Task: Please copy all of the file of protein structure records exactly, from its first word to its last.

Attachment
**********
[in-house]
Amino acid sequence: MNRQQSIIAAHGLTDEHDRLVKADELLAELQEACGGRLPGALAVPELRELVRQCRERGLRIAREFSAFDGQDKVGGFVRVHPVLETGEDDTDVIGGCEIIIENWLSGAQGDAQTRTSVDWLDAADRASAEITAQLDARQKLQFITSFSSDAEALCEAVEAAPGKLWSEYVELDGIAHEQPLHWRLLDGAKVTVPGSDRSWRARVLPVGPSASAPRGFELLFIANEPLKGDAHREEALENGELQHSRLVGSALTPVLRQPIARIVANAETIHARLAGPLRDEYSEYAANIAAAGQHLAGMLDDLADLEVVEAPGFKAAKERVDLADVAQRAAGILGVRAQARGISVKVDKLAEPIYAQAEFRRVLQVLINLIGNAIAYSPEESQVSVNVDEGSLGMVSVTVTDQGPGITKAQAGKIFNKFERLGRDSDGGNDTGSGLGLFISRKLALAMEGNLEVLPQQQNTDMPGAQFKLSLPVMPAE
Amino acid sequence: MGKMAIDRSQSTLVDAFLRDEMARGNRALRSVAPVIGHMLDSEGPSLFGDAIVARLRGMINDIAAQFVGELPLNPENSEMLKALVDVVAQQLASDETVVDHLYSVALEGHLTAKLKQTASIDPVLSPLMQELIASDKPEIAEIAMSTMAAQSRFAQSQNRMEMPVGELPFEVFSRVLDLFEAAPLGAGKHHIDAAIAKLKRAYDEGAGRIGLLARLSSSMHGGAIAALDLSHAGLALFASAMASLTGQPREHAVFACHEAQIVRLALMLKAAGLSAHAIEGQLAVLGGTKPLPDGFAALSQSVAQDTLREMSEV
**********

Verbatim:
[in-house]
Amino acid sequence: MNRQQSIIAAHGLTDEHDRLVKADELLAELQEACGGRLPGALAVPELRELVRQCRERGLRIAREFSAFDGQDKVGGFVRVHPVLETGEDDTDVIGGCEIIIENWLSGAQGDAQTRTSVDWLDAADRASAEITAQLDARQKLQFITSFSSDAEALCEAVEAAPGKLWSEYVELDGIAHEQPLHWRLLDGAKVTVPGSDRSWRARVLPVGPSASAPRGFELLFIANEPLKGDAHREEALENGELQHSRLVGSALTPVLRQPIARIVANAETIHARLAGPLRDEYSEYAANIAAAGQHLAGMLDDLADLEVVEAPGFKAAKERVDLADVAQRAAGILGVRAQARGISVKVDKLAEPIYAQAEFRRVLQVLINLIGNAIAYSPEESQVSVNVDEGSLGMVSVTVTDQGPGITKAQAGKIFNKFERLGRDSDGGNDTGSGLGLFISRKLALAMEGNLEVLPQQQNTDMPGAQFKLSLPVMPAE
Amino acid sequence: MGKMAIDRSQSTLVDAFLRDEMARGNRALRSVAPVIGHMLDSEGPSLFGDAIVARLRGMINDIAAQFVGELPLNPENSEMLKALVDVVAQQLASDETVVDHLYSVALEGHLTAKLKQTASIDPVLSPLMQELIASDKPEIAEIAMSTMAAQSRFAQSQNRMEMPVGELPFEVFSRVLDLFEAAPLGAGKHHIDAAIAKLKRAYDEGAGRIGLLARLSSSMHGGAIAALDLSHAGLALFASAMASLTGQPREHAVFACHEAQIVRLALMLKAAGLSAHAIEGQLAVLGGTKPLPDGFAALSQSVAQDTLREMSEV